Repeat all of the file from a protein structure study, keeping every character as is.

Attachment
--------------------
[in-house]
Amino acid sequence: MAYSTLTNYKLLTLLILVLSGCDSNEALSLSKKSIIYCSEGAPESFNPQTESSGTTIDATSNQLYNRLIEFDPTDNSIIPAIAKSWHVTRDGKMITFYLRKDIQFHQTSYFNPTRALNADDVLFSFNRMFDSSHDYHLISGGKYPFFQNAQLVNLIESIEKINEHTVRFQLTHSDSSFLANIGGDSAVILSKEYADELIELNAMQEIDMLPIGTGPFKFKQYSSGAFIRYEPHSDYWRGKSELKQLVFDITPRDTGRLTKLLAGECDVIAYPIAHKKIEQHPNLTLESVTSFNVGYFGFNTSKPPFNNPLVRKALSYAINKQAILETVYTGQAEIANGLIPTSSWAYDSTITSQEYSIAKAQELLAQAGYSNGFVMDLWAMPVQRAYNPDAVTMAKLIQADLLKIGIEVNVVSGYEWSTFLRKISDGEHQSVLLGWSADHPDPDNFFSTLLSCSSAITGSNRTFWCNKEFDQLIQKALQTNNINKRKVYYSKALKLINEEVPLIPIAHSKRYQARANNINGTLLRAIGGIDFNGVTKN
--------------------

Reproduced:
[in-house]
Amino acid sequence: MAYSTLTNYKLLTLLILVLSGCDSNEALSLSKKSIIYCSEGAPESFNPQTESSGTTIDATSNQLYNRLIEFDPTDNSIIPAIAKSWHVTRDGKMITFYLRKDIQFHQTSYFNPTRALNADDVLFSFNRMFDSSHDYHLISGGKYPFFQNAQLVNLIESIEKINEHTVRFQLTHSDSSFLANIGGDSAVILSKEYADELIELNAMQEIDMLPIGTGPFKFKQYSSGAFIRYEPHSDYWRGKSELKQLVFDITPRDTGRLTKLLAGECDVIAYPIAHKKIEQHPNLTLESVTSFNVGYFGFNTSKPPFNNPLVRKALSYAINKQAILETVYTGQAEIANGLIPTSSWAYDSTITSQEYSIAKAQELLAQAGYSNGFVMDLWAMPVQRAYNPDAVTMAKLIQADLLKIGIEVNVVSGYEWSTFLRKISDGEHQSVLLGWSADHPDPDNFFSTLLSCSSAITGSNRTFWCNKEFDQLIQKALQTNNINKRKVYYSKALKLINEEVPLIPIAHSKRYQARANNINGTLLRAIGGIDFNGVTKN